Wednesday, June 27, 2018

Log exceptions with exceptional details . . .

Logging is generally considered a cross-cutting concern. So as logging exceptions is. An appropriate level of details added to exception log is always very helpful and gives a jump-start in investigating the root cause of an exception.

Grails provides good exception logging, filters out unnecessary stack traces (configurable by setting grails.full.stacktrace property) by default, that otherwise would be too long. It also provides configurable way of adding additional details to the exception log message. Additional details like request parameters can be added to exception log message (by setting the property  grails.exceptionresolver.logRequestParameters = true in Config.groovy) which is by default enabled in only development env). Also, certain sensible request parameters and values can be masked from exception logging by setting an additional property grails.exceptionresolver.params.exclude = ['password']).

In a Web or RESTful API application, request parameters added to exception log message cover all http methods like GET that send parameters as part of the query string. However, http methods like POST typically send parameters in the request body, but not in the query string. Logging request body along with exception message is as useful as logging request parameters. Grails doesn't provide a configurable way of adding this level of details to exception log message. But this can easily be added with minimal coding, configuration and by leveraging the underlying Spring framework.

Environment: Grails 2.5.4, Java 8 on MacOS High Sierra 10.13.5

Imagine, a Grails application providing various RESTful end-points that take JSON payload as the body in POST requests. If some exception arises while processing a request, an exception log that includes request payload received will be very helpful to investigate the root cause. This requires accessing the original http request body in an exception resolver at the time when the exception is raised. Grails default exception resolver class is: GrailsExceptionResolver. This class is extendable. All we need to do is override one of it's methods that forms the exception log message.

Extend GrailsExceptionResolver and override getRequestLogMessage(Throwable e, HttpServletRequest request). This method already has HttpServletRequest parameter. So, getting access to request body is possible, but it is not available. The problem is, by this time, the request body must have already been read either by calling getInputStream() or getReader() method in order to consume and process the JSON payload. Once read, it's not available anymore and subsequent reads only result in an exception: IllegalStateException. The only way to deal with this limitation is to wrap the original HttpServletRequest into a wrapper HttpServletRequestWrapper, cache it and pass it along the filter chain by making cached request available for multi-reads.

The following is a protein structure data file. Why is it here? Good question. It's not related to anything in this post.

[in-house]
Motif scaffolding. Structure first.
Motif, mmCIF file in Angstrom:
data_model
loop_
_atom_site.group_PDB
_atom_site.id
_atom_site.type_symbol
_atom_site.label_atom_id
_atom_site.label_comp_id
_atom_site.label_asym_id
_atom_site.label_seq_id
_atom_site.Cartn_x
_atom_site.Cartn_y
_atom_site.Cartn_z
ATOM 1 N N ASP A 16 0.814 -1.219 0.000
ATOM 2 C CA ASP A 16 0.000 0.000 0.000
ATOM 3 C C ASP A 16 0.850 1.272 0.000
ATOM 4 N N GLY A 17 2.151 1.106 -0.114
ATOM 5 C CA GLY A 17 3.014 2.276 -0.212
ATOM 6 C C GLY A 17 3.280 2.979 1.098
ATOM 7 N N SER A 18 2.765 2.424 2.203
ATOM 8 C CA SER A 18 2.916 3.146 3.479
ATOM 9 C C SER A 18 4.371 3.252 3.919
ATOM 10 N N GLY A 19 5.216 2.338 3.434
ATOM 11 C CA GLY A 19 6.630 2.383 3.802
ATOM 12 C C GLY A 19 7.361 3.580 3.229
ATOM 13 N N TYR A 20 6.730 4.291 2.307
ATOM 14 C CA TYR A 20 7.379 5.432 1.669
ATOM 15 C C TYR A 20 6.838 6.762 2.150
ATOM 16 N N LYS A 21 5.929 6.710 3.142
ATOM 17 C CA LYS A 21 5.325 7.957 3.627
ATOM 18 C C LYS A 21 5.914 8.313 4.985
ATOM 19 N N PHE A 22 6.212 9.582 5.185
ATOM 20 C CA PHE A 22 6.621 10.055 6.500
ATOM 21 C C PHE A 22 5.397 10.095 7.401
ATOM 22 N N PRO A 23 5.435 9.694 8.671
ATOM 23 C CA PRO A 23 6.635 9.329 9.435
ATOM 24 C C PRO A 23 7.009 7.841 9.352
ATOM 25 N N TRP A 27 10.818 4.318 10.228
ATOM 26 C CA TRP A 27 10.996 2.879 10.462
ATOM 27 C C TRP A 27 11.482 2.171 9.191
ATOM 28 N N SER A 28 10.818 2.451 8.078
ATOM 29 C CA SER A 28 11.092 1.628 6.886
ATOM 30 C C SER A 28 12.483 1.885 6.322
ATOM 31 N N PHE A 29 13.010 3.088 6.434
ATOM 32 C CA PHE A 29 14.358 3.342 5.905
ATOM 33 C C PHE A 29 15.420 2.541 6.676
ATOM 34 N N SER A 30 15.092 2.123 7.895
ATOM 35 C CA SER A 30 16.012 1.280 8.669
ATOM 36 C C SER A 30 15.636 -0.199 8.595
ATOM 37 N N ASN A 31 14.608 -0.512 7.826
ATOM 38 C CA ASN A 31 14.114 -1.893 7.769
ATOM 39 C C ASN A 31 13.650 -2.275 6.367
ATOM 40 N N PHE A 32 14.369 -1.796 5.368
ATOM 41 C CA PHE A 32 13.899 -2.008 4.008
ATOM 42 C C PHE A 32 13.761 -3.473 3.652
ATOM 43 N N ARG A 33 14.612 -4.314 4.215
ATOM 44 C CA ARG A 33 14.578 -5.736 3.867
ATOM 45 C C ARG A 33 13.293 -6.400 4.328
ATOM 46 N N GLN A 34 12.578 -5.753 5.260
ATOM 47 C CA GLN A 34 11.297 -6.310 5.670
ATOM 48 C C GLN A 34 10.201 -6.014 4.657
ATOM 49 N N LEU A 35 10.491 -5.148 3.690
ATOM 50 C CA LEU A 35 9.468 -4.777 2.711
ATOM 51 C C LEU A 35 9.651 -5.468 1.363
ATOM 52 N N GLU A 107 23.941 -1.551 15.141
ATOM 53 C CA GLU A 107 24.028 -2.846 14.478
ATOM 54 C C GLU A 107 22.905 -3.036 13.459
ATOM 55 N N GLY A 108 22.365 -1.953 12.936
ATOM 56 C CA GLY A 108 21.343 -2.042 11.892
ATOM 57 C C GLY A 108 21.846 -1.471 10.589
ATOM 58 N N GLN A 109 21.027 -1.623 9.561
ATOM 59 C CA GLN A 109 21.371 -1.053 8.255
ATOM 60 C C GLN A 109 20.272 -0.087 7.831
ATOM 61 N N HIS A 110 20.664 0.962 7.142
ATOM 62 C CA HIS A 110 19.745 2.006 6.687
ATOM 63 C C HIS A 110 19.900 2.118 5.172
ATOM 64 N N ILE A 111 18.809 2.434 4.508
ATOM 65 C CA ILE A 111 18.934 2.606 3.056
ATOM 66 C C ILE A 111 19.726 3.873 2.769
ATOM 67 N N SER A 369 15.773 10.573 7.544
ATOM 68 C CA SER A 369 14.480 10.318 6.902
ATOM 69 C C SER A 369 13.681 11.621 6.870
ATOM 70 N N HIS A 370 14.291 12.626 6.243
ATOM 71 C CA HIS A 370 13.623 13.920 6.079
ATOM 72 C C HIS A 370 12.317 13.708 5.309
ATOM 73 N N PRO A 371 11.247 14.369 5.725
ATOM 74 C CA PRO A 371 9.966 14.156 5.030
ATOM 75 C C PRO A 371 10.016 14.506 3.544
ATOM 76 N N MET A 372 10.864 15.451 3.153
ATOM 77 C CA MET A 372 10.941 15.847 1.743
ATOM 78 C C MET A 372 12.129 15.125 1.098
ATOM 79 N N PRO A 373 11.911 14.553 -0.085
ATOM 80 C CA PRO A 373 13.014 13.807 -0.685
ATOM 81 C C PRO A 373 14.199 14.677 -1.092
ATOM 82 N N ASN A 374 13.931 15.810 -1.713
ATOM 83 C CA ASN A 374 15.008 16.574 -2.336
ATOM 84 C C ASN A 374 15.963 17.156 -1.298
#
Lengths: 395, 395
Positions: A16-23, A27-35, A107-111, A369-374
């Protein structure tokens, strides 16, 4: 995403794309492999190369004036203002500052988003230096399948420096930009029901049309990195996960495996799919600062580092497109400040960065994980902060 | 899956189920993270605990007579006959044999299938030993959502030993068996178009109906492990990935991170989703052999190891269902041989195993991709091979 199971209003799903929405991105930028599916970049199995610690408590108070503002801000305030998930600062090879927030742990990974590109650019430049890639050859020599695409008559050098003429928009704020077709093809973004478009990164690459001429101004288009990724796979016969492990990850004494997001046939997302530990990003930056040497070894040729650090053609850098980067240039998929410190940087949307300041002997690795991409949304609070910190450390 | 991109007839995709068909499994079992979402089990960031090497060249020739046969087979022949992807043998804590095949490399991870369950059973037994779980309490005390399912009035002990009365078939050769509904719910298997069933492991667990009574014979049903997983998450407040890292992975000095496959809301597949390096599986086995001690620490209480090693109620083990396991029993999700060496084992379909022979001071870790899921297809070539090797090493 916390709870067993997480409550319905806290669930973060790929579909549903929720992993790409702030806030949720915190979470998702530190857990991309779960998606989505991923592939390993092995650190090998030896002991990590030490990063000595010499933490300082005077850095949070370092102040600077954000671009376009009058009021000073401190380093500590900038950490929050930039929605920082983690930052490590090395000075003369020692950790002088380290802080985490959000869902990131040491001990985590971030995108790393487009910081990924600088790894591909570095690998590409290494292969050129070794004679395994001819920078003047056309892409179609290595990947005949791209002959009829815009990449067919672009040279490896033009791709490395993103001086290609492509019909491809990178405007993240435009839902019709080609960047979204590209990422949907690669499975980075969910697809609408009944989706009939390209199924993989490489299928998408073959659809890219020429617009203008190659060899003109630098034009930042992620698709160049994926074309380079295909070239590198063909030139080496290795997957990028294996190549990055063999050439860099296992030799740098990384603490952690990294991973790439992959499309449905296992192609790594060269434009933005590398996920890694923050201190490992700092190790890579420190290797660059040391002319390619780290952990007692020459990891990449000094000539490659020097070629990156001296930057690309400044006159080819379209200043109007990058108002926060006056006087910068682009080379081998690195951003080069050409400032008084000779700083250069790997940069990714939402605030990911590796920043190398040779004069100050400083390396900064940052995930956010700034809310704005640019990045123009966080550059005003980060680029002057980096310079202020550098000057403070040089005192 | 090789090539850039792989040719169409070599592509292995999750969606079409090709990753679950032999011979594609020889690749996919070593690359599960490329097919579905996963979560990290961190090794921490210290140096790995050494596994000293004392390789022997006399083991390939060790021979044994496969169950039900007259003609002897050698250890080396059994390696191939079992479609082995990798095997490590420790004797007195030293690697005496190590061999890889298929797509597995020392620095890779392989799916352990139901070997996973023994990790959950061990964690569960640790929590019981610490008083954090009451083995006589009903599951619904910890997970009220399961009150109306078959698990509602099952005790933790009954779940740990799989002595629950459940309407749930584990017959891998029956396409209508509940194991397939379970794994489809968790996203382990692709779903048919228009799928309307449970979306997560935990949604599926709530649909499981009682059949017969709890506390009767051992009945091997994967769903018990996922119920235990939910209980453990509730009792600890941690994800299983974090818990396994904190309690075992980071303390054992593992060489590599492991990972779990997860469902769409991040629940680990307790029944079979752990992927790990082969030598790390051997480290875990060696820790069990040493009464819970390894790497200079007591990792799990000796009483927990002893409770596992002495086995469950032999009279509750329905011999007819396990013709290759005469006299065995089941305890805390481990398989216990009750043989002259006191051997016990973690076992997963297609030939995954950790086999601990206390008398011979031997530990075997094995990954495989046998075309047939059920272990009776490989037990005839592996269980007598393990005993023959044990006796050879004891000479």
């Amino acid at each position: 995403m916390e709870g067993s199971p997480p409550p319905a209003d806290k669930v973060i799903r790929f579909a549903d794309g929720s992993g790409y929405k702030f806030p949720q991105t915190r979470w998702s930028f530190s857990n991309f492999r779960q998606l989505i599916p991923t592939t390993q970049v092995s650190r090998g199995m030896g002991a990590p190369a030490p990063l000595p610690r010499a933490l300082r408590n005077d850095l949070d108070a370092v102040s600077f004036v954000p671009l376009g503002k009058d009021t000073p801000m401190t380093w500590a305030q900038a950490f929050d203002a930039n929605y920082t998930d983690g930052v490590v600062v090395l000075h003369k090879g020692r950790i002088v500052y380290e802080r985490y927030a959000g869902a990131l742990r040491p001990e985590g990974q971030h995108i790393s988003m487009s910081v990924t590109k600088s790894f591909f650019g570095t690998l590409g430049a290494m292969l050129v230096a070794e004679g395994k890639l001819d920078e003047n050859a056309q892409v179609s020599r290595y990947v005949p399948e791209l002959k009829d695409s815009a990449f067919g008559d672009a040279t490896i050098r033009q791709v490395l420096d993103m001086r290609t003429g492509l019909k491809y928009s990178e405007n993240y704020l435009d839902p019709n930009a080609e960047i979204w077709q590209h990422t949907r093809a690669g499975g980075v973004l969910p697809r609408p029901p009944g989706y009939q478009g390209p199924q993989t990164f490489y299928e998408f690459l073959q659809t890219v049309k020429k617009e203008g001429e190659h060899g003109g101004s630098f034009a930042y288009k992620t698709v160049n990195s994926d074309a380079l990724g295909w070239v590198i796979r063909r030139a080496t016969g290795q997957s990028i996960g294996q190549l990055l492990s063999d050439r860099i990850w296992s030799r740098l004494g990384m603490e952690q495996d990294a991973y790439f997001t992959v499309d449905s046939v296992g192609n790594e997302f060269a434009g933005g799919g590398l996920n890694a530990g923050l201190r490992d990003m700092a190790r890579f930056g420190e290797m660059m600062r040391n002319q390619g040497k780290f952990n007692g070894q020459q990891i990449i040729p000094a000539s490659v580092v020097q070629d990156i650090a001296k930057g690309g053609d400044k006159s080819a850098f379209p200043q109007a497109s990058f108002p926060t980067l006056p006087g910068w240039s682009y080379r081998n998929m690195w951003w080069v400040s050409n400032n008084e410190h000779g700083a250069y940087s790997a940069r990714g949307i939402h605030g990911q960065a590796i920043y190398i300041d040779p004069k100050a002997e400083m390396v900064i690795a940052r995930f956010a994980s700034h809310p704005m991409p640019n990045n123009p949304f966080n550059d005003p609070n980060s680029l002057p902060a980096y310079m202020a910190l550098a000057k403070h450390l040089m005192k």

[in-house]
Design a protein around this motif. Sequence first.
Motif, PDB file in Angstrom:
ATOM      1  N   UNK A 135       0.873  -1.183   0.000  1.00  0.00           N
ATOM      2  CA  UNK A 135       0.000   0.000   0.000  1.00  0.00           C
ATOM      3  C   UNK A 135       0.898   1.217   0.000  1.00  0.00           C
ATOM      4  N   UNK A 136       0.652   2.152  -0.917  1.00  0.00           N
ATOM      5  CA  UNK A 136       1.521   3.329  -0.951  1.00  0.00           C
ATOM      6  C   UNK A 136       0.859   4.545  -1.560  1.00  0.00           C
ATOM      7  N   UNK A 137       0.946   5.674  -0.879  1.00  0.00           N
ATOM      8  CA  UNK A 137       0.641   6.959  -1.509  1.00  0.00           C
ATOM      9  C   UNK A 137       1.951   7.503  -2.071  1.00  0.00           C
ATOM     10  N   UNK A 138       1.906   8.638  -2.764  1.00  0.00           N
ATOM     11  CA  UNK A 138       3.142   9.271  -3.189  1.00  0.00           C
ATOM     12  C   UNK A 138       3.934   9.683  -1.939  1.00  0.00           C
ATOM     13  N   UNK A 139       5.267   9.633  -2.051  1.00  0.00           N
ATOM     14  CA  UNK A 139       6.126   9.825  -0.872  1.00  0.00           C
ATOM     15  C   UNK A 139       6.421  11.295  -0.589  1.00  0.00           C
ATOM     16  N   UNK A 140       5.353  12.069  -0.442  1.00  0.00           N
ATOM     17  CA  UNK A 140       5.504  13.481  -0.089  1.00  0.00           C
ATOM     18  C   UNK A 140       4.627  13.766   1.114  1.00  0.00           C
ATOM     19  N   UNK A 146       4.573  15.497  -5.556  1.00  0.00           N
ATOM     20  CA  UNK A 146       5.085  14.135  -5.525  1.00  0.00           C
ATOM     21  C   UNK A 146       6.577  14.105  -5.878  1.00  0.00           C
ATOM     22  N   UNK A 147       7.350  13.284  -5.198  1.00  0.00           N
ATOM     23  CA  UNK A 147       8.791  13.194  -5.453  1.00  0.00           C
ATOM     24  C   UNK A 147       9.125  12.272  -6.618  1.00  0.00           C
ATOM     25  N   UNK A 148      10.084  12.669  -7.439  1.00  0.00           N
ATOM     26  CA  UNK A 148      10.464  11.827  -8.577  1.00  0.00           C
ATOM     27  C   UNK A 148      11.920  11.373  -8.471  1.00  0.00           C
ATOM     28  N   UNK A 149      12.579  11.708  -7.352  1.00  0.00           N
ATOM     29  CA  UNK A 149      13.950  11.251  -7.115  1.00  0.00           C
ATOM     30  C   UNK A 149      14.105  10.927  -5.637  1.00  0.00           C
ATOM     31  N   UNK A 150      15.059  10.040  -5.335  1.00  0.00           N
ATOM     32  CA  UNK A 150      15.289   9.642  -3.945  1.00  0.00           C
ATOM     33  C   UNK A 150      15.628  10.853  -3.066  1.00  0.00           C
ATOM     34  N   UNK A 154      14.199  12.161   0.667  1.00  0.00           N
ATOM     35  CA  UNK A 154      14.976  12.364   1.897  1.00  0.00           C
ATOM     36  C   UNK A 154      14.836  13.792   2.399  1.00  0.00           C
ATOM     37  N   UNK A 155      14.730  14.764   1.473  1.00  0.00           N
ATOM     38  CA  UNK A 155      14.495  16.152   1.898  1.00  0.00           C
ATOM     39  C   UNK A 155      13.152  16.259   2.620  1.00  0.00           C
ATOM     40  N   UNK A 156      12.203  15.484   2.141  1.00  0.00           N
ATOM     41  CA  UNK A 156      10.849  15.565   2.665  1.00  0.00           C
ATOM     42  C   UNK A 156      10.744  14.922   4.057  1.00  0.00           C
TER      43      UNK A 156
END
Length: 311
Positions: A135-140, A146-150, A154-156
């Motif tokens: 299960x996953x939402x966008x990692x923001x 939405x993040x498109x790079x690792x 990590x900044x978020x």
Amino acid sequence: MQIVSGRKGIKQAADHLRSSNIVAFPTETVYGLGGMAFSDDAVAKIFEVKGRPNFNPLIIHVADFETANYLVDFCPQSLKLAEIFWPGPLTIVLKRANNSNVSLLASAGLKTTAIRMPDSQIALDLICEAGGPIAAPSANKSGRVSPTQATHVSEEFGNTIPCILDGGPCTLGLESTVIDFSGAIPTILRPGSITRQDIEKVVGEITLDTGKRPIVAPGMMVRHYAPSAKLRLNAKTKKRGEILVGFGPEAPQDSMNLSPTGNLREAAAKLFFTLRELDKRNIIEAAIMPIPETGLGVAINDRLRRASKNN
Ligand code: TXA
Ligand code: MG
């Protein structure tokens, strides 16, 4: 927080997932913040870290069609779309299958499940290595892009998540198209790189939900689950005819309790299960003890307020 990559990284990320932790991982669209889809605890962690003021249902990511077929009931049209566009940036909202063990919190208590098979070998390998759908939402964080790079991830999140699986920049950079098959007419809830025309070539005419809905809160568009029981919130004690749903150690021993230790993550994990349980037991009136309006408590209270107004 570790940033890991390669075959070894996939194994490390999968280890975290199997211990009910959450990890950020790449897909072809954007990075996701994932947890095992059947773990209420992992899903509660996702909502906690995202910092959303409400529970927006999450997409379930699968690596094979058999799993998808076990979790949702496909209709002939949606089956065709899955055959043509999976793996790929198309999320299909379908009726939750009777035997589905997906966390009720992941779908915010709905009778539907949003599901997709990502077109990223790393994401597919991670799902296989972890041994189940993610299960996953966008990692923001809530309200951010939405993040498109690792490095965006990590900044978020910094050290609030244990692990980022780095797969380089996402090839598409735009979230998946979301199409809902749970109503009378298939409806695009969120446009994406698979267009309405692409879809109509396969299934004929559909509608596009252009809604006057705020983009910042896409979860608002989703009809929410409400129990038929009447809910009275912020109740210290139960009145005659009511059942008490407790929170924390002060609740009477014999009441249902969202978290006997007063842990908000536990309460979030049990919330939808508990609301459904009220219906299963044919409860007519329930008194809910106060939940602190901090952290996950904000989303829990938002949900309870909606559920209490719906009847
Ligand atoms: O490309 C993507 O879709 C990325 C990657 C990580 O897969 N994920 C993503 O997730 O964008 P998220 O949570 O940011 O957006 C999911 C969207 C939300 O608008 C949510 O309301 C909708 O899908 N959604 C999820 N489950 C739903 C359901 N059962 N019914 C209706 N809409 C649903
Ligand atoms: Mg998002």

This is bit low-level to dive into in a Grails application. Grails 2 offers a high-level Filters support but it has limitations to use in this solution. So, we have to dive little deeper and put a solution by introducing a Servlet filter that caches and wraps the original request to make it available for multi-reads. But, remember Grails underpins Spring framework. So, it's always a layer to look into for customizations like this and see if there is anything readily available for adopting. In this case, there is a filter org.springframework.web.filter.CommonsRequestLoggingFilter which wraps the request into  org.springframework.web.util.ContentCachingRequestWrapper and is just appropriate for this solution to leverage.

Now, we have all pieces of the puzzle. Let's put these together into a solution.


Extend GrailsExceptionResolver and overwrite getRequestLogMessage(Throwable e, HttpServletRequest request)method. The following is an example of extended exception resolver:
package com.giri.grails.logging import com.giri.grails.web.RequestCacheFilterUtil import org.codehaus.groovy.grails.web.errors.GrailsExceptionResolver import org.springframework.http.HttpMethod import org.springframework.http.MediaType import javax.servlet.http.HttpServletRequest /** * Exception resolver, adds request body to exception log message by getting it from the request body cached by * {@link org.springframework.web.util.ContentCachingRequestWrapper} * * @see {@link org.springframework.web.util.ContentCachingRequestWrapper} * @see /src/templates/war/web.xml * @see /conf/spring/resources.groovy * * @author gpottepalem * Created on Jun 27, 2018 */ class LogRequestBodyExceptionResolver extends GrailsExceptionResolver { static final List LOG_PAYLOAD_FOR_HTTP_METHODS = [HttpMethod.POST, HttpMethod.PUT]*.name() static final List LOG_PAYLOAD_FOR_HTTP_CONTENT_TYPES = [MediaType.APPLICATION_JSON_VALUE] /** * Enhances Grails log message for logging exceptions by adding the original request payload to the exception * message * @param e the exception * @param request request * @return enhanced log message that includes request payload (body) */ @Override String getRequestLogMessage(Throwable e, HttpServletRequest request) { String logMessage = super.getRequestLogMessage(e, request) String payload = RequestCacheFilterUtil.getCachedRequestPayload(request) if (request.method in LOG_PAYLOAD_FOR_HTTP_METHODS && request.contentType in LOG_PAYLOAD_FOR_HTTP_CONTENT_TYPES) { logMessage += "\n${request.method} ${request.contentType} payload: ${payload}\n" } return logMessage } }

Here is the utility class that the above code snippet uses: